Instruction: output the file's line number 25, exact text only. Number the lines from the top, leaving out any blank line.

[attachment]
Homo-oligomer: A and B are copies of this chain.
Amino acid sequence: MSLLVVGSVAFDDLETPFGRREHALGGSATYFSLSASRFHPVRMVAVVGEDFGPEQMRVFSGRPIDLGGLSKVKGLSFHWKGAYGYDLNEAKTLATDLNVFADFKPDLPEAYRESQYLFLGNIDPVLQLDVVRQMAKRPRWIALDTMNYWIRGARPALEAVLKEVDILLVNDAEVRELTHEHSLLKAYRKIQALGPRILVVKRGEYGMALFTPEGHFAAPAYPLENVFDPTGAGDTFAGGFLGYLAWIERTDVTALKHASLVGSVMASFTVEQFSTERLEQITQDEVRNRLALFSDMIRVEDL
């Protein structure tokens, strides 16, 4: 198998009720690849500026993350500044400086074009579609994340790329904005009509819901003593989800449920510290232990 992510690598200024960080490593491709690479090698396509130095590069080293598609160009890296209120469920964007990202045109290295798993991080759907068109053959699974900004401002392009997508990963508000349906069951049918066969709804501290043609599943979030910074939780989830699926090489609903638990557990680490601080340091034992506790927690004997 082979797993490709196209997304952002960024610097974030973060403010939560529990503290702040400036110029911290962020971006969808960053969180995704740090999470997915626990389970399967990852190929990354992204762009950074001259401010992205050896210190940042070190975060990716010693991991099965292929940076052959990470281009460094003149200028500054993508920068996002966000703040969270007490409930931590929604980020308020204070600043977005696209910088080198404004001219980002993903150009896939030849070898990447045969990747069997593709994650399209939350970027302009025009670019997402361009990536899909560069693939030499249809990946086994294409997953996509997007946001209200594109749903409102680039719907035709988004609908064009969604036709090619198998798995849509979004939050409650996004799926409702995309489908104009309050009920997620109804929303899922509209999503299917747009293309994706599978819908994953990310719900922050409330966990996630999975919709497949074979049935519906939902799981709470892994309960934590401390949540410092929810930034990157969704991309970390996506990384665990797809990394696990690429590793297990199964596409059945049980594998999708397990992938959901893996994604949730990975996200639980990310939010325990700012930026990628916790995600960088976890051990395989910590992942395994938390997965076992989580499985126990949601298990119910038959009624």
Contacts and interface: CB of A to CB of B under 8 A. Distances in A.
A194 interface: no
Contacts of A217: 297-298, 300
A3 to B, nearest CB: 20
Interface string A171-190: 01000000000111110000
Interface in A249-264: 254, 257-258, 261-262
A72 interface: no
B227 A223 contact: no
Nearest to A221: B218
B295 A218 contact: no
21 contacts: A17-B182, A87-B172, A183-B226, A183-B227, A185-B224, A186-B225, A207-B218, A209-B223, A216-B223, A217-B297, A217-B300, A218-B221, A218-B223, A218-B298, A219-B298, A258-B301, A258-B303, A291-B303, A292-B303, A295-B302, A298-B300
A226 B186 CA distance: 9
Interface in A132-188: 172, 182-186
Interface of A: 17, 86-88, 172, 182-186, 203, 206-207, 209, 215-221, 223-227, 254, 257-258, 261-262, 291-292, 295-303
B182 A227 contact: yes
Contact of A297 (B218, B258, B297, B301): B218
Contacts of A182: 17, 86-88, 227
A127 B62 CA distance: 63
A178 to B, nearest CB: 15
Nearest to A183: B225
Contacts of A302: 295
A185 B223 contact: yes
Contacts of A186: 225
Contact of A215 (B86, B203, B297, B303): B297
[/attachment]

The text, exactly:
A185 B223 contact: yes